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Emanuel Bridging Chicago's Racial Divide Emanuel Bridging Chicago's Racial Divide

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Emanuel Bridging Chicago's Racial Divide

Former White House Chief Of Staff Rahm Emanuel testifies in the residency case challenging his eligibility to run for mayor of Chicago December 14, 2010 in Chicago, Illinois. Emanuel must prove that he has resided in Chicago at least one year preceding the election.(Scott Olson/Getty Images)

February 9, 2011

Rahm Emanuel appears poised to win a majority of votes in the Feb. 22 mayoral election to avoid a runoff - and he's been able to achieve that impressive goal through an unlikely source: Winning over the city's African-American voters.

An outright 53 percent majority of African-American voters said they would back Emanuel in the latest Richard Day Research poll commissioned for WLS-TV, even with the presence of a prominent black candidate in the field, former Sen. Carol Moseley Braun. It's a testament to both a weak field and Emanuel's efforts to court black voters, reminding them of his work for President Obama in the White House.

In a city with a history of ethnic and racial voting patterns, Braun attempted to consolidate the black vote to her side - and won the backing of Rep. Danny Davis (D-IL) and state Sen. James Meeks, who initially were running.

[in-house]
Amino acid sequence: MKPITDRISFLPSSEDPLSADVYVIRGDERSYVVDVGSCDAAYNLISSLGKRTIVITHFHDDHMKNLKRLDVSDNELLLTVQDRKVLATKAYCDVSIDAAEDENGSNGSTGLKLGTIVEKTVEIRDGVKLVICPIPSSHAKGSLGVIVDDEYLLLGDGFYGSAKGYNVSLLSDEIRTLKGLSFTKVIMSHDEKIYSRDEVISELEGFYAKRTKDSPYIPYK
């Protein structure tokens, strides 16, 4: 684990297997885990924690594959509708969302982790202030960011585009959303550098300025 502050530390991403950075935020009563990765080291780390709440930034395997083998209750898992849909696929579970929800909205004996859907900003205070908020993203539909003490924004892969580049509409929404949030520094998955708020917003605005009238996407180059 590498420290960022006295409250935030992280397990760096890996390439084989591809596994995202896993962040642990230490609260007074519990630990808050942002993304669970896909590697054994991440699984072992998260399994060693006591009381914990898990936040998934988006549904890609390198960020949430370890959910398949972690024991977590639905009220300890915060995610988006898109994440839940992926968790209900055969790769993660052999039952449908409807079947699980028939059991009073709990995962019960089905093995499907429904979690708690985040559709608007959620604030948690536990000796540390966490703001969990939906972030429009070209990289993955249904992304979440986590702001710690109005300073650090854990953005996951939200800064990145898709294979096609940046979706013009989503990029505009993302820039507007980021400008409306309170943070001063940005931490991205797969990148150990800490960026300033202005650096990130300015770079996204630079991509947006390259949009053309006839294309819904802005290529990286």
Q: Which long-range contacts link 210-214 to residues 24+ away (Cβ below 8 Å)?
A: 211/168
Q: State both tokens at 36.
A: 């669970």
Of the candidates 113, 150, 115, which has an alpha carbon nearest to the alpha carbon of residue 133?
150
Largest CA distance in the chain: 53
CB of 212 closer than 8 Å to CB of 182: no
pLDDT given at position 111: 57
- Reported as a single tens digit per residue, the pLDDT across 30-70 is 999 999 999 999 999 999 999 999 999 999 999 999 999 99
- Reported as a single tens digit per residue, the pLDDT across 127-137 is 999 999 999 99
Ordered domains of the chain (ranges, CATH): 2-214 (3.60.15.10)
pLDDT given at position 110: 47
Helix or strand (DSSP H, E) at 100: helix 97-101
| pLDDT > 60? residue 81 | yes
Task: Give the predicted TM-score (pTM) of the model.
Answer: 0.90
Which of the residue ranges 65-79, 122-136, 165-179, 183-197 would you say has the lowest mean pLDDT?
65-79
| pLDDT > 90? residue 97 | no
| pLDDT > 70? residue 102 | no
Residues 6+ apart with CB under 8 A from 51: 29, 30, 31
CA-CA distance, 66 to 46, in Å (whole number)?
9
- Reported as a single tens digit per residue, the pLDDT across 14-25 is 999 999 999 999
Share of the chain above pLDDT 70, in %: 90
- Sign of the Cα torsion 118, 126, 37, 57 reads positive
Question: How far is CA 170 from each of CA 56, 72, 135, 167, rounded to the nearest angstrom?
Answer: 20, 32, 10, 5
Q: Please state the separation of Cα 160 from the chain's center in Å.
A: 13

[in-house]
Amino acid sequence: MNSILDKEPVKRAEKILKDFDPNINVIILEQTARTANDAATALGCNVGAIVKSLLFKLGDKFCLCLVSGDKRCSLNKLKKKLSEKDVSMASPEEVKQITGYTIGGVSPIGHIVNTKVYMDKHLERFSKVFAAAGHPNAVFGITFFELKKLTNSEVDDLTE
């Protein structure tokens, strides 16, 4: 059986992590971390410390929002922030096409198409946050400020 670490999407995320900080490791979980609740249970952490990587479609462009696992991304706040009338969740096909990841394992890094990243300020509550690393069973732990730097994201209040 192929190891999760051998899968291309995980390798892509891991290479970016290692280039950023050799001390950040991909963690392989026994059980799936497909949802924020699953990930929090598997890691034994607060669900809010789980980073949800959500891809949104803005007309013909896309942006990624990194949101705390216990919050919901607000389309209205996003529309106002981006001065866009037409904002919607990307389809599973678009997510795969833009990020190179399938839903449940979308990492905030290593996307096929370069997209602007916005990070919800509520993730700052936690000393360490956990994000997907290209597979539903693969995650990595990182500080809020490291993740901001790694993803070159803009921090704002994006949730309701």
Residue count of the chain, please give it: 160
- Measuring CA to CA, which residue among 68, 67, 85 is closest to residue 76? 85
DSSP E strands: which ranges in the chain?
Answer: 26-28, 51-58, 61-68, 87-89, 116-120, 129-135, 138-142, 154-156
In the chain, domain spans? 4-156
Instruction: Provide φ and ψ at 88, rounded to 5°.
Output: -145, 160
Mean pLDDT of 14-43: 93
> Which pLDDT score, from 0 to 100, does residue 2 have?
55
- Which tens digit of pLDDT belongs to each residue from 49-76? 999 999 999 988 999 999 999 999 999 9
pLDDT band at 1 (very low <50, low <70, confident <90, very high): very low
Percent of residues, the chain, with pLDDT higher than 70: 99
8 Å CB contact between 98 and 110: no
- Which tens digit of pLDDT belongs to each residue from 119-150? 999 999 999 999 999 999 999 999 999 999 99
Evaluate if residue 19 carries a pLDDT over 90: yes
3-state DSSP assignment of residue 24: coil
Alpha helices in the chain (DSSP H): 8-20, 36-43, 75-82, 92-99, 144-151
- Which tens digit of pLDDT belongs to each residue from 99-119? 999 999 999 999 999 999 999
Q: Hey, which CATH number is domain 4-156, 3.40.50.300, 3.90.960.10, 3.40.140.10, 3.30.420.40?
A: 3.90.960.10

Emanuel's old House district wasn't exactly the most diverse: Only three percent of his former constituents in Chicago's North Side were African-American.

But Braun's embattled campaign has failed to excite and mobilize the city's African-American community. And it didn't help that Braun accused Patricia Van Pelt-Watkins, a little-known African-American candidates in the race, of having a history of crack addiction in a candidate debate.

With Braun struggling, Emanuel has not hesitated to court black voters, reminding them of his time in the White House and his connection to Obama. The Emanuel campaign has been running a radio spot featuring Obama praising his former chief of staff, with clips taken from Emanuel's White House farewell ceremony.

With just under two weeks remaining until the election, Braun needs to win over a chunk of the black voters she was expected to easily carry. If not, Emanuel will become mayor of Chicago sooner than most expected.

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